Fuel contamination caused two emergency landings, one with two failed engines.

Fuel contaminated with diesel exhaust fluid forced two air ambulances to make emergency landings in May. Both aircraft have been declared total losses.

On May 9, both twinjets departed Air Trek’s Punta Gorda base and flew to Naples, Florida, where medical technicians, patients, and patients’ family members boarded. AOPA reported that one Citation was headed to Niagara Falls, New York, but experienced an engine flameout north of Savannah, Georgia. It then lost its second engine but landed safely in Savannah. The other Citation was bound for Chicago when it experienced an engine failure, and landed safely in Louisville, Kentucky. In all, 13 occupants escaped without injury, said Dana Carr, Air Trek’s director of operations.

The FAA determined that the two aircraft received fuel that had been contaminated with diesel exhaust fluid, or DEF, which had been added erroneously to the fuel supply in a fuel truck in Punta Gorda. DEF is a urea-based chemical that reduces diesel-engine emissions. It is not intended for use in aircraft, and when added to jet fuel, can trigger chemical reactions leading to the formation of crystals that can plug fuel filters and damage other engine components.

The incidents followed occurrences at other airports in 2018 and 2017 that had triggered FAA warnings and prompted intensive industry review of aircraft-fueling practices and personnel training.

In an Aug. 7 phone interview, Carr expressed Air Trek’s pride in the performance of the two fight crews. “They did an admirable job,” he said, noting that one of the pilots was, fortuitously, also rated in gliders.

DEF a bad fit for airports
The risk of jet fuel being contaminated by diesel exhaust fluid (DEF) is “unacceptably high,” and the Environmental Protection Agency should exempt airport vehicles from emissions requirements mandating the use of DEF “in non-road, on-airport ground support equipment and vehicles,” said AOPA and 17 other aviation organizations in an Aug. 7 letter to the administrators of the EPA and the FAA. Such an exemption was recommended in an industry-led working group’s report that addressed immediate actions that could be taken to reduce the DEF risk. While more permanent solutions, such as the complete removal of DEF from airports, are under study, the industry is voluntarily implementing the report’s other recommendations, including “education, storage, labeling, handling procedures, and limiting DEF inventory,” the letter said.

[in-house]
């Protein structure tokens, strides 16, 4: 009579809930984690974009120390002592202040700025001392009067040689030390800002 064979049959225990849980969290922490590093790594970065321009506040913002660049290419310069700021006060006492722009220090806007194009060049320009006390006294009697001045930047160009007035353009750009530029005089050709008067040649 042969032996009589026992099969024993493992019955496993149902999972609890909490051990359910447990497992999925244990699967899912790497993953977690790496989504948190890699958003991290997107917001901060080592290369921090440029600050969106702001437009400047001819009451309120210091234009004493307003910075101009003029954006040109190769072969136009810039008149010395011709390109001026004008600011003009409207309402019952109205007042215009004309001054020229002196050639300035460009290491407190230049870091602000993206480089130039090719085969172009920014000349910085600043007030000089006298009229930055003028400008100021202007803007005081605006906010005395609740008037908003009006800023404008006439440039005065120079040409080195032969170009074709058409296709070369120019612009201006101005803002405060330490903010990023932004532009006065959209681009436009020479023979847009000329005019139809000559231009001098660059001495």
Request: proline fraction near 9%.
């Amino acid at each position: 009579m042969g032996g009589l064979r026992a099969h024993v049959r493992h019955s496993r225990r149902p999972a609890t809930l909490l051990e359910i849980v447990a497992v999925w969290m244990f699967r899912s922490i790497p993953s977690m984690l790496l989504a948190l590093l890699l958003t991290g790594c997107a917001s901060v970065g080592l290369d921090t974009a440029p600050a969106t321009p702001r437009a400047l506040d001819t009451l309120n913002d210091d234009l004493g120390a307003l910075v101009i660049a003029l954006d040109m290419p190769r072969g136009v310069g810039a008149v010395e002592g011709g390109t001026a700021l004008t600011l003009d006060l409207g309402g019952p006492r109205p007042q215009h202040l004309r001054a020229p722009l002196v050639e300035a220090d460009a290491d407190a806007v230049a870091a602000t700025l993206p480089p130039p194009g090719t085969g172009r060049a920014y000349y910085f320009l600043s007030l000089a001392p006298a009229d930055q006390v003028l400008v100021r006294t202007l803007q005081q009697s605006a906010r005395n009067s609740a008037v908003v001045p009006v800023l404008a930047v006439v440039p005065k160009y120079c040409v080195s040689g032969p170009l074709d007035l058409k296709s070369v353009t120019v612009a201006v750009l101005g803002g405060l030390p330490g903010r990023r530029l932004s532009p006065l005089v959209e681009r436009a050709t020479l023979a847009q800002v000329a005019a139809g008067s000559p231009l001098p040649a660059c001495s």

In addition to the aviation groups signing the letter to the FAA and EPA, the National Transportation Safety Board has also expressed concern about the issue, sending a safety alert in July that includes suggestions to help prevent future incidents. And in August , the Diesel Technology Forum, a non-profit group that aims to raise awareness about the importance of diesel engines, fuel and technology, is backing the aviation industry’s stance on DEF contamination.

In an Aug. 6 press release, the Diesel Technology Forum wrote, “We recommend that FBO’s follow the NTSB safety bulletin, and work with diesel engine and equipment dealers and their fuel suppliers to understand the proper use and storage of DEF. FBOs should also institute ongoing training, labeling and storage practices to help ensure aviation safety. The work done by the Aircraft Diesel Exhaust Fluid Working Group and their report in June 2019 has contributed a substantial understanding to the issue, and offers strong short- and long-term recommendations.”

The National Transportation Safety Board’s preliminary report on the double engine failure experienced by the aircraft that diverted to Savannah gives an account of a crisis aloft that unfolded in stages as the jet gradually lost power:

“According to the pilots, about 1 hour and 20 minutes into the flight from APF to IAG, while cruising at 35,000 ft mean sea level (msl), the pilot-in-command was trying to set the N1 speed around 103 [percent], but moments after adjusting power, the N1 speed would decrease. Following a few repeated occurrences of the N1 speed decreasing in this manner, all the engine gauges ‘read regular,’ then the left engine began to ‘spool down very slowly.’ After unsuccessfully attempting to recover engine power, the crew requested a lower altitude from air traffic control and began a descent with the left engine at idle power. The pilot-in-command then noticed that the left engine displayed no oil pressure and subsequently shut it down.

“Several minutes passed as the airplane descended with the right engine at 65 [percent] fan speed, and while preparing to perform a single-engine approach into SAV, about 8,000 ft msl, the right engine became unresponsive and then began ‘spooling down.’ The pilot-in-command declared an emergency and the flight crew performed a straight-in approach to runway 19. The airplane landed without incident and was towed to the ramp,” the report states.

The preliminary NTSB report revealed that “several days after the incident, the lineman realized that he had inadvertently combined a 5-gallon (fuel system icing inhibitor) bucket and a 2.5-gallon diesel exhaust fluid (DEF) container instead of two partially-empty containers of FSII.”


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